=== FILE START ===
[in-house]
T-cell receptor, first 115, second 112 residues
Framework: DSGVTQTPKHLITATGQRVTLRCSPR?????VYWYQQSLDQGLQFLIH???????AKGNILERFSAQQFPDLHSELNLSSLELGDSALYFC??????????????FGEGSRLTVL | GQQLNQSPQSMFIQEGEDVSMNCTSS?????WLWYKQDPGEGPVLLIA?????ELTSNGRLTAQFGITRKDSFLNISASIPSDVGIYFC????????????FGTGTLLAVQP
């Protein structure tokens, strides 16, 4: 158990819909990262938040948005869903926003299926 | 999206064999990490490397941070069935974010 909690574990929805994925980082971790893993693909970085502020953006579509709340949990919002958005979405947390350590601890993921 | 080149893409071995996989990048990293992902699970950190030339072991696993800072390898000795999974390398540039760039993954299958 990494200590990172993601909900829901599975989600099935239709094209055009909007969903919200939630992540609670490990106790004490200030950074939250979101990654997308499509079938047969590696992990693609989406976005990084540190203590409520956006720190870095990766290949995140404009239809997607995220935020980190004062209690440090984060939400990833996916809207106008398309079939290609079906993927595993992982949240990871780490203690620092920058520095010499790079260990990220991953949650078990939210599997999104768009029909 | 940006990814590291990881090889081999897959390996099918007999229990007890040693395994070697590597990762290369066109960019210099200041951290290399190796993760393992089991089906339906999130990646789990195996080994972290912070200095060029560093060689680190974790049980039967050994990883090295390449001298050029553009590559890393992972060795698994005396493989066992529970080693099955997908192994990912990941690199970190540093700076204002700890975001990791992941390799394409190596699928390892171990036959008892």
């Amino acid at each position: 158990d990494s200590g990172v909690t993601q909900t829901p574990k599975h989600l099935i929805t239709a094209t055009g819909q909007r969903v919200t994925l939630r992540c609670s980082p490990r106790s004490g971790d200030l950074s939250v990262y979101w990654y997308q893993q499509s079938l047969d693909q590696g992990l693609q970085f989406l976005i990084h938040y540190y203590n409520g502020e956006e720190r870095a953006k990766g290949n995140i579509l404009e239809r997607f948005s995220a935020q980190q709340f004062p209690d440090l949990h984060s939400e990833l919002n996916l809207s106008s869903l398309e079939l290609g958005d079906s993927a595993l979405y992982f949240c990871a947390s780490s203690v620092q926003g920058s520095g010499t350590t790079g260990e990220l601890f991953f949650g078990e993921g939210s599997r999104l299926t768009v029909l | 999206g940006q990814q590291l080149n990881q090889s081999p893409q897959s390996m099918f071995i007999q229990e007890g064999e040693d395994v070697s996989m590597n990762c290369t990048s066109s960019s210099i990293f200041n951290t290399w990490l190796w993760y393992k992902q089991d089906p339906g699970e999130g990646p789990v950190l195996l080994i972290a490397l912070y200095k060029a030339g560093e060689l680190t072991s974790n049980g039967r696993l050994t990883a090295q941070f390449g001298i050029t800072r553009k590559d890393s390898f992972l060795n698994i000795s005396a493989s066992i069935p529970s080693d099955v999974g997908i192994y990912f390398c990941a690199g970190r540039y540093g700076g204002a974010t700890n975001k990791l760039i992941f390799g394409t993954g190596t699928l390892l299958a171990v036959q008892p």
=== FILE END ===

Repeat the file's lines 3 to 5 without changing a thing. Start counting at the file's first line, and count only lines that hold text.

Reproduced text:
Framework: DSGVTQTPKHLITATGQRVTLRCSPR?????VYWYQQSLDQGLQFLIH???????AKGNILERFSAQQFPDLHSELNLSSLELGDSALYFC??????????????FGEGSRLTVL | GQQLNQSPQSMFIQEGEDVSMNCTSS?????WLWYKQDPGEGPVLLIA?????ELTSNGRLTAQFGITRKDSFLNISASIPSDVGIYFC????????????FGTGTLLAVQP
């Protein structure tokens, strides 16, 4: 158990819909990262938040948005869903926003299926 | 999206064999990490490397941070069935974010 909690574990929805994925980082971790893993693909970085502020953006579509709340949990919002958005979405947390350590601890993921 | 080149893409071995996989990048990293992902699970950190030339072991696993800072390898000795999974390398540039760039993954299958 990494200590990172993601909900829901599975989600099935239709094209055009909007969903919200939630992540609670490990106790004490200030950074939250979101990654997308499509079938047969590696992990693609989406976005990084540190203590409520956006720190870095990766290949995140404009239809997607995220935020980190004062209690440090984060939400990833996916809207106008398309079939290609079906993927595993992982949240990871780490203690620092920058520095010499790079260990990220991953949650078990939210599997999104768009029909 | 940006990814590291990881090889081999897959390996099918007999229990007890040693395994070697590597990762290369066109960019210099200041951290290399190796993760393992089991089906339906999130990646789990195996080994972290912070200095060029560093060689680190974790049980039967050994990883090295390449001298050029553009590559890393992972060795698994005396493989066992529970080693099955997908192994990912990941690199970190540093700076204002700890975001990791992941390799394409190596699928390892171990036959008892």
């Amino acid at each position: 158990d990494s200590g990172v909690t993601q909900t829901p574990k599975h989600l099935i929805t239709a094209t055009g819909q909007r969903v919200t994925l939630r992540c609670s980082p490990r106790s004490g971790d200030l950074s939250v990262y979101w990654y997308q893993q499509s079938l047969d693909q590696g992990l693609q970085f989406l976005i990084h938040y540190y203590n409520g502020e956006e720190r870095a953006k990766g290949n995140i579509l404009e239809r997607f948005s995220a935020q980190q709340f004062p209690d440090l949990h984060s939400e990833l919002n996916l809207s106008s869903l398309e079939l290609g958005d079906s993927a595993l979405y992982f949240c990871a947390s780490s203690v620092q926003g920058s520095g010499t350590t790079g260990e990220l601890f991953f949650g078990e993921g939210s599997r999104l299926t768009v029909l | 999206g940006q990814q590291l080149n990881q090889s081999p893409q897959s390996m099918f071995i007999q229990e007890g064999e040693d395994v070697s996989m590597n990762c290369t990048s066109s960019s210099i990293f200041n951290t290399w990490l190796w993760y393992k992902q089991d089906p339906g699970e999130g990646p789990v950190l195996l080994i972290a490397l912070y200095k060029a030339g560093e060689l680190t072991s974790n049980g039967r696993l050994t990883a090295q941070f390449g001298i050029t800072r553009k590559d890393s390898f992972l060795n698994i000795s005396a493989s066992i069935p529970s080693d099955v999974g997908i192994y990912f390398c990941a690199g970190r540039y540093g700076g204002a974010t700890n975001k990791l760039i992941f390799g394409t993954g190596t699928l390892l299958a171990v036959q008892p």